THIS week is St Patrick's Day, and, as an Irish person living abroad, I feel a vague sense of obligation to drink twice my bodyweight in cider, wear something green and polyester, drape a tricolour around my shoulders and end the day by vomiting in a shoe.
St Patrick's Day is weird, not just because it's based on a dude with a staff herding snakes, or the fact that Americans are way more into it than we are, or the fact that no one actually likes pipe bands, but because it's meant to make us all feel proud of where we're from, and for me, it largely succeeds in doing the opposite. My memories of Paddy's Day in Cork are of messy queues in the rain to get into a nightclub, queues to get served at the bar and then queueing for hours to get a taxi home. But at least at home, no one pretends St Patrick's Day is any more than an excuse for a piss-up.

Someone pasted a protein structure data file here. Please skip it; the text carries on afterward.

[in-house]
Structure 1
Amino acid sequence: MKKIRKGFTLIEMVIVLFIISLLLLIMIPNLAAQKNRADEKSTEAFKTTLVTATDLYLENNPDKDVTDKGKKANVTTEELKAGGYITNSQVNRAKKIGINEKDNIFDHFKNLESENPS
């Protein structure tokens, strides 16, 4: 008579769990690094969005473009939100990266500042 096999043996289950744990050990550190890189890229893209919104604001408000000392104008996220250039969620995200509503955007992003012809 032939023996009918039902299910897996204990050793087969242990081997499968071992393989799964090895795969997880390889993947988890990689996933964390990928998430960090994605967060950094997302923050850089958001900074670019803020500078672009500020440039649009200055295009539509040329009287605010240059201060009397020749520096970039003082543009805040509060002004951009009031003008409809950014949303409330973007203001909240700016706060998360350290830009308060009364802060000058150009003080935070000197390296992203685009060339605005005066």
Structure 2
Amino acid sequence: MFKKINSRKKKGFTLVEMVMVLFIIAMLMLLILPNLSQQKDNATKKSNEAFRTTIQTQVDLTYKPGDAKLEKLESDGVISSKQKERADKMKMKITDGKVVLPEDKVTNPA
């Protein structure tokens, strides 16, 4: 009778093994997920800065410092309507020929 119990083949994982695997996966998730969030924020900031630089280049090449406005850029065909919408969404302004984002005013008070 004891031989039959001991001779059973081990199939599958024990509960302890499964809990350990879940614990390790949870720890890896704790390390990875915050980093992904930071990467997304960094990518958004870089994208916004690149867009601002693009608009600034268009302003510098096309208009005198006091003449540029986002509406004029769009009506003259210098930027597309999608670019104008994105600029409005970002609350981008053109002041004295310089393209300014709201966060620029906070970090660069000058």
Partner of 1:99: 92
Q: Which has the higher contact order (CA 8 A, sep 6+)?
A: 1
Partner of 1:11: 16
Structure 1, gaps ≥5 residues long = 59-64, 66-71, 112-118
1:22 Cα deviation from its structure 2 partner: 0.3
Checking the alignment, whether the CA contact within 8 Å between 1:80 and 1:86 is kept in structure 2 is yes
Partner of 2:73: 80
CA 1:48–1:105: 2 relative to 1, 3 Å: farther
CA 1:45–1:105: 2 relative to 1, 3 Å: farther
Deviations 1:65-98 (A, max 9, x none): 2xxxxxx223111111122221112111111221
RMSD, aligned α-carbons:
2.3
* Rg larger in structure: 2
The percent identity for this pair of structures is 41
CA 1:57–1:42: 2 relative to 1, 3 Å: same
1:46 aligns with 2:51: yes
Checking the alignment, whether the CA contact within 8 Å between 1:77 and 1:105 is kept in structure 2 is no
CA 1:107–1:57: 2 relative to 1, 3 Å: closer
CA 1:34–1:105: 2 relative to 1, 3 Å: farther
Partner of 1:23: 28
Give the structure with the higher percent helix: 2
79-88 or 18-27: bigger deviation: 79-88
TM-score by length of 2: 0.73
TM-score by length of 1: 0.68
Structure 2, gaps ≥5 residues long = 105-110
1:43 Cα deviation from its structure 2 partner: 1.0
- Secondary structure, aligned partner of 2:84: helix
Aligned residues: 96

Abroad, people look to you to exude some national pride, or at least to live up to their delightfully one-dimensional stereotype of a plastic paddy. They want you to prove your Oirishness by uttering a nonsensical saying read from the back of a matchbox 'in Gaelic' or singing a lovely song just like that Julia Roberts did in Michael Collins, or, at the very least, by head-butting someone who says their mum makes better stew than yours. Maybe the problem is that I don't need any of that rubbish to feel Irish.
Ok, so I've never been to a hurling match, but I have had impure thoughts about the only Gaelic footballer I ever saw in the flesh. Also, I am an Irish vegetarian, which is something of an oxymoron, but I only abstain from eating meat because of my deep love of cows and sheep. If anyone needs any proof of my ancestry all they need do is put me in direct sunlight for more than twenty minutes and watch my hair take on the texture of dried seaweed and my skin go a nice shade of radioactive. Or maybe the fact that I'm complaining about the one day of the year dedicated to celebrating Ireland is all the proof of my Irishness you need.